Sol Sax
Sol Sax
Sol Sax

“The Congo has a tradition of power figures called Nkisi literally, medicine from heaven, medicine brought from heaven by a Mojo which means a soul from Heaven. This medicine can be herbs, ideas or talents brought to earth and shared with the living to bring health and joy to society,” says Crown Heights-based sculptor and artist Sol Sax.

Sol Sax’s latest exhibit, “Medicine from Heaven:  How African-American Culture was used to Cure the USA,” will be on display beginning Thursday, June 19-August 23, at Bedford Stuyvesant Restoration Corporation’s Skylight Gallery, located 1368 Fulton Street, 3rd fl.

“African-American culture has been getting a lot of help from our ancestors in heaven and the nature angels those ancestors celebrated. The Blues and spirituals, Jazz and rock and roll, Soul and Disco to Hip Hop today, all of these cultural expressions have operated as medicine to American Society.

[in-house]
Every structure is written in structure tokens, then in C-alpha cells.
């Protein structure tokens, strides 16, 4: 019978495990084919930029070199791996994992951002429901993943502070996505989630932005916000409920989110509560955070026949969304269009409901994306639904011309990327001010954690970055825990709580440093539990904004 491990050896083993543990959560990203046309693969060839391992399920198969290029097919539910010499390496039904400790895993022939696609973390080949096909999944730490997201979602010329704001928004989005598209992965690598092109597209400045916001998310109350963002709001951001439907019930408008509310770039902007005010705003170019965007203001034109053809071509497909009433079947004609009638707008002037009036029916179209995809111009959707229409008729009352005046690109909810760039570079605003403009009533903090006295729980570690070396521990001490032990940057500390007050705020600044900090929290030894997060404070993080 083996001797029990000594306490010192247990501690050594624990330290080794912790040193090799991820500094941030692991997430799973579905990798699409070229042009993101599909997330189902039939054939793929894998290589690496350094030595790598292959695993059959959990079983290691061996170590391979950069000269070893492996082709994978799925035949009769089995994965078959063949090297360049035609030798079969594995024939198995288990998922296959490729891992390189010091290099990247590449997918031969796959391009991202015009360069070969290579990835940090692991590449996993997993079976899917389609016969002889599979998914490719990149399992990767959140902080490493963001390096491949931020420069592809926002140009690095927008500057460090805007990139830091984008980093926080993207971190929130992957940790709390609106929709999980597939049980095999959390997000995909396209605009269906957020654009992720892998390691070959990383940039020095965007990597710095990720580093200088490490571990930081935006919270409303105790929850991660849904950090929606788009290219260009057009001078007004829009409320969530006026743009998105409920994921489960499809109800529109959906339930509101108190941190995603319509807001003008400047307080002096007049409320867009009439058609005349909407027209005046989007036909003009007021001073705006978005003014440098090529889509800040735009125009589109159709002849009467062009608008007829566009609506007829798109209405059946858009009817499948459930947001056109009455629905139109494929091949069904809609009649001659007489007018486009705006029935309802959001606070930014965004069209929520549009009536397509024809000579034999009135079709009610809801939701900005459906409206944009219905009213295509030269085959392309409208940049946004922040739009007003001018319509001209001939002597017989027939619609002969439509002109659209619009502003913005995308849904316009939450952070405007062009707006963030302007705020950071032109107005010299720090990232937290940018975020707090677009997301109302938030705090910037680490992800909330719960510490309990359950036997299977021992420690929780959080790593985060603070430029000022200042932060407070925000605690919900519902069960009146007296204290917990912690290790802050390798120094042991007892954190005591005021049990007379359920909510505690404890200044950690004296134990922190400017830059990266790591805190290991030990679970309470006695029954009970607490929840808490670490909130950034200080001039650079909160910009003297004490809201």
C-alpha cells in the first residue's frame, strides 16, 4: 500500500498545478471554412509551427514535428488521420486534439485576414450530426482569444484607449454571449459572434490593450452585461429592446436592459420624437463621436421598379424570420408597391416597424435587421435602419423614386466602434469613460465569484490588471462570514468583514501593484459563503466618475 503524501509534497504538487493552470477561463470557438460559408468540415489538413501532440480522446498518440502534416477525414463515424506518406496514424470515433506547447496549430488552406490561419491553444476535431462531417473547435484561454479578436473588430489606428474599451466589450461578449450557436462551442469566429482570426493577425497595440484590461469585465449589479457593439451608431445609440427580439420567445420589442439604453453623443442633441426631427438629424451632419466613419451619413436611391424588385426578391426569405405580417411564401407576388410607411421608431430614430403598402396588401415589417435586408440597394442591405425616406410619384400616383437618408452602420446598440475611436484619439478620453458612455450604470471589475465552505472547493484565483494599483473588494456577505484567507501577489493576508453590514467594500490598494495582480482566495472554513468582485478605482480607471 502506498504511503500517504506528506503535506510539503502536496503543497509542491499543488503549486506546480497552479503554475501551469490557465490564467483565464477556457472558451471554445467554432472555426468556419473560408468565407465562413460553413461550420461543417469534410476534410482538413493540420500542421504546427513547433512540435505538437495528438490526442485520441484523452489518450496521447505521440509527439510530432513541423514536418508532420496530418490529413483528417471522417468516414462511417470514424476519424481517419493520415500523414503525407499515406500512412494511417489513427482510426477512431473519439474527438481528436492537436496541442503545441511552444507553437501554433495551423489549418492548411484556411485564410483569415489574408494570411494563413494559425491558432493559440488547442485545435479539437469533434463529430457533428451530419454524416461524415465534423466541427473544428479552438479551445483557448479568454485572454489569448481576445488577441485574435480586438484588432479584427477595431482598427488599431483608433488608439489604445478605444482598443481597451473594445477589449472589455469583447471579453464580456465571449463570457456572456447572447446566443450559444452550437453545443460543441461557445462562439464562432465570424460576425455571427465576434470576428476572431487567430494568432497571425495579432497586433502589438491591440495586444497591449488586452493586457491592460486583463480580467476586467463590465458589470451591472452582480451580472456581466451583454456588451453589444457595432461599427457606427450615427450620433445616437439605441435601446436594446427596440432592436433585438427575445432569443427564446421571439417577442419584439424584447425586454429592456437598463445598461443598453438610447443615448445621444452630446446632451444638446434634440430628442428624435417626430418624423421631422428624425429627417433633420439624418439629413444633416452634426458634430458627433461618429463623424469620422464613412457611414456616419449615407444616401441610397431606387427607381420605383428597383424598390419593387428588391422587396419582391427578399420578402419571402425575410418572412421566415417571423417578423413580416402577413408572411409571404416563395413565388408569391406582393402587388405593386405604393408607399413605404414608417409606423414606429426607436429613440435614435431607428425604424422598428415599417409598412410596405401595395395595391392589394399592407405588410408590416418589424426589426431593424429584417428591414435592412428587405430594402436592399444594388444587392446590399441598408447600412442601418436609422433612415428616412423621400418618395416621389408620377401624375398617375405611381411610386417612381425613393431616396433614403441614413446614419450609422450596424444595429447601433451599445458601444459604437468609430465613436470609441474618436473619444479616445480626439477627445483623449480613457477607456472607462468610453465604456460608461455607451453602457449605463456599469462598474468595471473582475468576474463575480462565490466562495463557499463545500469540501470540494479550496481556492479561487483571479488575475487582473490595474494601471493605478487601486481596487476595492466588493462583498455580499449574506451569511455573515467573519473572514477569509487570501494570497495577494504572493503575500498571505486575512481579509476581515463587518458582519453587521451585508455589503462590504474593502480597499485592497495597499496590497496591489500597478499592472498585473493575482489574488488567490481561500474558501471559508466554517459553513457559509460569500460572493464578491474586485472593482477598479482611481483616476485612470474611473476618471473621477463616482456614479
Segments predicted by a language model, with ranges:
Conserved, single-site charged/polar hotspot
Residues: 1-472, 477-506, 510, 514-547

“This Juneteenth we will celebrate the culture soldiers,” says Sol. “I celebrate these African American Ancestral Archetypes as ‘Soul’sain’t” the power figures and objects are assemblages of visual and verbal puns.”

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C. Zawadi Morris

C. Zawadi Morris is an award-winning journalist and a Chicago native who moved to Brooklyn in 1997. Ms. Morris holds a bachelor’s degree in business administration (and a minor in Spanish) from...

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